Slasher Hunt 2020: Edge of the Axe (Arrow Video) Blu-ray Review

Arrow Video brings us another overlooked slasher film with Edge of the Axe. Is the film worth the treatment or does it feel like too little too late?

Studio: Arrow Video
Release Date: September 15th, 1989 (theatrical)
                            January 28th, 2020 (blu-ray)
Run Time: 91 mins
Region Code: FREE
Picture: 1080p (1.85:1 aspect ratio)
Sound: English LPCM Mono
                Spanish LPCM Mono
Subtitles: English SDH
Slipcover: Yes (exclusive to Diabolik DVD in the U.S. and Arrow Video's website in the U.K.)
Digital Copy: No
Starring: Barton Faulks, Christina Marie Lane, and Page Moseley
Written by Joaquín Amichatis, Javier Elorrieta, and José Frade
Directed by José Ramón Larraz
Rating: Not Rated (strong horror violence and gore and some language)


An axe murderer terrorizes a small Northern California mountain community, while two young computer-obsessed adults attempt to solve the killings.

Edge of the Axe is a late 80s slasher film that is probably more fondly remembered for its VHS box art than it is for the film that lied within. The film is pretty standard slasher fare just with much less blood than the genre had become known for and zero nudity.

What we get is a slasher film that focuses more on trying to outwit the audience while both making them laugh and boring them to tears for long stretches.

The film begins with a pretty good opening kill that tries to set the mood for the rest of the film but ultimately becomes the best scene in the film. The film does have some decent setups for the remaining kills and as brutal as they may be, they can't hold a candle to even the worst slasher films.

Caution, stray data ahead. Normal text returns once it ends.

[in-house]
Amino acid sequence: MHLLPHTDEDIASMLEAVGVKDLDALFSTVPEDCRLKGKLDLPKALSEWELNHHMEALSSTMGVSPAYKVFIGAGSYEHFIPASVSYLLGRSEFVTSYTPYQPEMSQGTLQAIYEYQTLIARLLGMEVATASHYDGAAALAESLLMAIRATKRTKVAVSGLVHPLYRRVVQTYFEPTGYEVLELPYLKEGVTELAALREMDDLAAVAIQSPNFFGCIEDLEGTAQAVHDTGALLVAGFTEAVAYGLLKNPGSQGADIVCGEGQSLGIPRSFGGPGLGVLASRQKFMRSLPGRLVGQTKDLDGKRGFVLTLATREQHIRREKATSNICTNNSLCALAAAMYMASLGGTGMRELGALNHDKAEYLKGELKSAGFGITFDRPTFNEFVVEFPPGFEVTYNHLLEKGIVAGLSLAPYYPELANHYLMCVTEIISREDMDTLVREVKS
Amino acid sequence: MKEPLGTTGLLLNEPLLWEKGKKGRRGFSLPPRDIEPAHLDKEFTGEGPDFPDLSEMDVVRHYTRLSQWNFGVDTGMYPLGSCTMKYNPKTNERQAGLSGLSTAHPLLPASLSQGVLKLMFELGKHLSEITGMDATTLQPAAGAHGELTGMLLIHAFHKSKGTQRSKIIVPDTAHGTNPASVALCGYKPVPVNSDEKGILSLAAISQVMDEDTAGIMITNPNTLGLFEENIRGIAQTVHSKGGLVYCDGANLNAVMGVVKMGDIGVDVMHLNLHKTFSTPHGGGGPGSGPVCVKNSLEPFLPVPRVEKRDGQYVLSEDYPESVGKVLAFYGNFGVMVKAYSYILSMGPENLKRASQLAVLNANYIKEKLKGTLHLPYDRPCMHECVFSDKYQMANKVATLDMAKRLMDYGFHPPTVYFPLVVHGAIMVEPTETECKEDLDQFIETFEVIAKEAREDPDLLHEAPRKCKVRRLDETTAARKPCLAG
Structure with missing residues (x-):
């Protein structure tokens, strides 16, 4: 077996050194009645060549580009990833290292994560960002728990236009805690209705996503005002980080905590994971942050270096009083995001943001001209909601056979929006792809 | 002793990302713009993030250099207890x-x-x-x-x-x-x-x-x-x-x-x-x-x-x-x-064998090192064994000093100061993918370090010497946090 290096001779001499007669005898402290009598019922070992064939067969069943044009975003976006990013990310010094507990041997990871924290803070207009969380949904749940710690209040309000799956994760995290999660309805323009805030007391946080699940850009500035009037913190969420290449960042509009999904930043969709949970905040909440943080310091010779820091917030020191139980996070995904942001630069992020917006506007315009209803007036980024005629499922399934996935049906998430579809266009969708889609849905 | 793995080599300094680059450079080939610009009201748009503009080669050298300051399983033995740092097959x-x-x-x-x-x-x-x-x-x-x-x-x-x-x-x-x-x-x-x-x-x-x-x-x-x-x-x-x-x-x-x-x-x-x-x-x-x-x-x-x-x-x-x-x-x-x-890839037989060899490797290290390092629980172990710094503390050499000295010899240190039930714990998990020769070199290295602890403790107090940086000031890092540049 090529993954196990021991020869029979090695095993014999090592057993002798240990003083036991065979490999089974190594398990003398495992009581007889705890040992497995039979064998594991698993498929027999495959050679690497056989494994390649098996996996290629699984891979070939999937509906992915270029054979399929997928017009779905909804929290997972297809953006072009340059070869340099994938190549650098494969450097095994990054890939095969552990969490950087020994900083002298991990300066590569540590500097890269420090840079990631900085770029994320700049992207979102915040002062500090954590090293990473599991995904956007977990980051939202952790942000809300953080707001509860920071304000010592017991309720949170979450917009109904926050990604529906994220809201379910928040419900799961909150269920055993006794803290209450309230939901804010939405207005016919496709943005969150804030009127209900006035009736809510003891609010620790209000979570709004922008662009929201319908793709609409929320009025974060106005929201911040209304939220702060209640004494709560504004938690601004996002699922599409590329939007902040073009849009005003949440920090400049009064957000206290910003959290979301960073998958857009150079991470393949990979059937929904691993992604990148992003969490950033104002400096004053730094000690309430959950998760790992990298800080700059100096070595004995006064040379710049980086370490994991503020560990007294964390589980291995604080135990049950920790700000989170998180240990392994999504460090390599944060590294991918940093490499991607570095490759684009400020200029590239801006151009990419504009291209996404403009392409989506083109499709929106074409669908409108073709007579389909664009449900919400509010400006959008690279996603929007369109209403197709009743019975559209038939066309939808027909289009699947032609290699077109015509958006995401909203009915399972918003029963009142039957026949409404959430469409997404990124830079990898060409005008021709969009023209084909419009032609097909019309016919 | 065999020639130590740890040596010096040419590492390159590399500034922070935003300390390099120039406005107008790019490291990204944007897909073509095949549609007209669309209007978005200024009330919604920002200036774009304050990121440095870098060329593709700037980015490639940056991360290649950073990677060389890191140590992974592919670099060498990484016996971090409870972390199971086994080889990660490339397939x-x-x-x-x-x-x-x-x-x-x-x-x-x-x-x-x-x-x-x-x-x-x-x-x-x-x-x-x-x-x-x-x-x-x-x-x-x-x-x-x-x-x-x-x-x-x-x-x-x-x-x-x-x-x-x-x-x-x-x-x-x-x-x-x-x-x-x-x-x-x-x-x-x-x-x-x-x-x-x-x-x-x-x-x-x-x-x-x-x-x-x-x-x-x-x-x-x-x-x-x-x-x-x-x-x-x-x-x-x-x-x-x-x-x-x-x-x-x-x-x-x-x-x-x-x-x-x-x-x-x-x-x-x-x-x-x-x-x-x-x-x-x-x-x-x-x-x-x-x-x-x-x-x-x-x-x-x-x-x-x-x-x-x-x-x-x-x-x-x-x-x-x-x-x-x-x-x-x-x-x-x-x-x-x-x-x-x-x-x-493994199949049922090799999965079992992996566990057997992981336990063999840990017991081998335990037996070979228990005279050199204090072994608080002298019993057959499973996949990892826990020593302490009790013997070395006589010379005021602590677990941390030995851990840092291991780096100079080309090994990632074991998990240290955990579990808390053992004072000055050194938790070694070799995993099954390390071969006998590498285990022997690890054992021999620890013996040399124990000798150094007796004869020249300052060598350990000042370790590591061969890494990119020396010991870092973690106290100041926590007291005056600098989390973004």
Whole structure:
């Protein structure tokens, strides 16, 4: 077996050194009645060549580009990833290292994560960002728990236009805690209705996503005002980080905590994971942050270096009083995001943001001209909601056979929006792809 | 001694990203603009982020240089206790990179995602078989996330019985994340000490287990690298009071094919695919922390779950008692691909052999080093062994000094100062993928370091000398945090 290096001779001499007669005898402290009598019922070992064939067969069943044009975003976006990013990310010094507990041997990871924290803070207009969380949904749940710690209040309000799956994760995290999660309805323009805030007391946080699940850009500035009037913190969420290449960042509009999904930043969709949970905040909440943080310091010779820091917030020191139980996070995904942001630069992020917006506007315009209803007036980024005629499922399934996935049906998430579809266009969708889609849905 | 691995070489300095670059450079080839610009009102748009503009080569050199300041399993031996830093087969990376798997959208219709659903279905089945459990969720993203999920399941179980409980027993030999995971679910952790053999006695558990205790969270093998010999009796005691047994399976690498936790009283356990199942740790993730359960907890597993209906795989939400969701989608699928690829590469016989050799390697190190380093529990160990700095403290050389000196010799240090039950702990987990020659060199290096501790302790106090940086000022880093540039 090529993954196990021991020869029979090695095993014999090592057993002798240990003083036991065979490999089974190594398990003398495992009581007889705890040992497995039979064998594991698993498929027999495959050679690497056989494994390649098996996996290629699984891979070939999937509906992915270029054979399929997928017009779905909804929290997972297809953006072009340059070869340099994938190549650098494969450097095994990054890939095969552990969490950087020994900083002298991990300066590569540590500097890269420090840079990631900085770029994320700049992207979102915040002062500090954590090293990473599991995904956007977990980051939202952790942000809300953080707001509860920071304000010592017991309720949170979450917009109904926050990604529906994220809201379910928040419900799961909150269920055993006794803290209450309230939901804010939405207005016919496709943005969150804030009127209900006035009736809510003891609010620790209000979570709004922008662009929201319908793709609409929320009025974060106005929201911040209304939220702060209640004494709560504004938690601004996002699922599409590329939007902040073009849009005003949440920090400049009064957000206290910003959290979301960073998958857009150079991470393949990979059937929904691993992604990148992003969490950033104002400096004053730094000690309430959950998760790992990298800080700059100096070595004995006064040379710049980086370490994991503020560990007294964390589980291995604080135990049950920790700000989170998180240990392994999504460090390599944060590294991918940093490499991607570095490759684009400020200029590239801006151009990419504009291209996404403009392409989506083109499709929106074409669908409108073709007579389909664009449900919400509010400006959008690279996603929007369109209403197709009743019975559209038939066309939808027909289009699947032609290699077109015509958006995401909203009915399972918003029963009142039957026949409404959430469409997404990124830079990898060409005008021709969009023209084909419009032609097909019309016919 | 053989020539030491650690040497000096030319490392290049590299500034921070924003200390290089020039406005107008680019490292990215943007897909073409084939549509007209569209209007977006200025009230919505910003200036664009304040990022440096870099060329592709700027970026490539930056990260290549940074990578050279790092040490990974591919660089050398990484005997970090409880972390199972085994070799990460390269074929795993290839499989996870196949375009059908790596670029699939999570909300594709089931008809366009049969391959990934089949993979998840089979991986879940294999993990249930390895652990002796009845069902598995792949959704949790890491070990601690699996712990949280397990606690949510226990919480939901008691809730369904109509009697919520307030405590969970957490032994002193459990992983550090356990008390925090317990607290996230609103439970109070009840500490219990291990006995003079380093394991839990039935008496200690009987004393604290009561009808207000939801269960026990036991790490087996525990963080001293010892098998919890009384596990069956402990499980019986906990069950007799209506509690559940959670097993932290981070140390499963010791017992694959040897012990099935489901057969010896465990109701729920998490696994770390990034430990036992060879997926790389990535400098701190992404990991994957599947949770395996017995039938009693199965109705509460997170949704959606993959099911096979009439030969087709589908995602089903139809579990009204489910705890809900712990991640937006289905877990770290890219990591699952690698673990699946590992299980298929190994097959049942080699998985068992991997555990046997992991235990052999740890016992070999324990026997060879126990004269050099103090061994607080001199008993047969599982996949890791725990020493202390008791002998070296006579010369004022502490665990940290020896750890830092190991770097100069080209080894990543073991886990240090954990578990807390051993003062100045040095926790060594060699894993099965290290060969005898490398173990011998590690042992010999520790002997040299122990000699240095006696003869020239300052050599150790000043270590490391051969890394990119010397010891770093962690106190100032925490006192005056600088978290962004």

The film tries to make up for the little amounts of blood that appear onscreen by giving us a whodunnit. We are lead to believe that the killer is one of the two leads and thus they give us some red herrings like any good whodunit slasher film would. Instead of giving us a handful of red herrings, the film gives us a whole town of them. Almost every person who has a spoken line of dialogue can be considered a red herring. How do I know this? Because they all act weird as shit. Line delivery, body movements, and the way that all the characters are blocked in scenes is just bonkers. There is a character early on who is the landlord to one of the main characters. He is given a shirt by said main character and we see him wearing it in the next scene, only to be made fun of by the main character who gave him the shirt. Why? Because the shirt is given out at the store to those who spend a certain amount of money. This sets up that character as a red herring. Problem is: we never see him again.

All of these characters are sprinkled throughout the film and provide us with more entertainment than the plot and main characters do.

Then there's the twist. The twist doesn't really make too much sense in that the person could not have done the things they have done and be elsewhere at the same time. That's not the best part though. The best part is how the twist is explained to us and the other characters. I am not going to anything away but just let me tell you that I had to watch the scene a few times because I was laughing so much.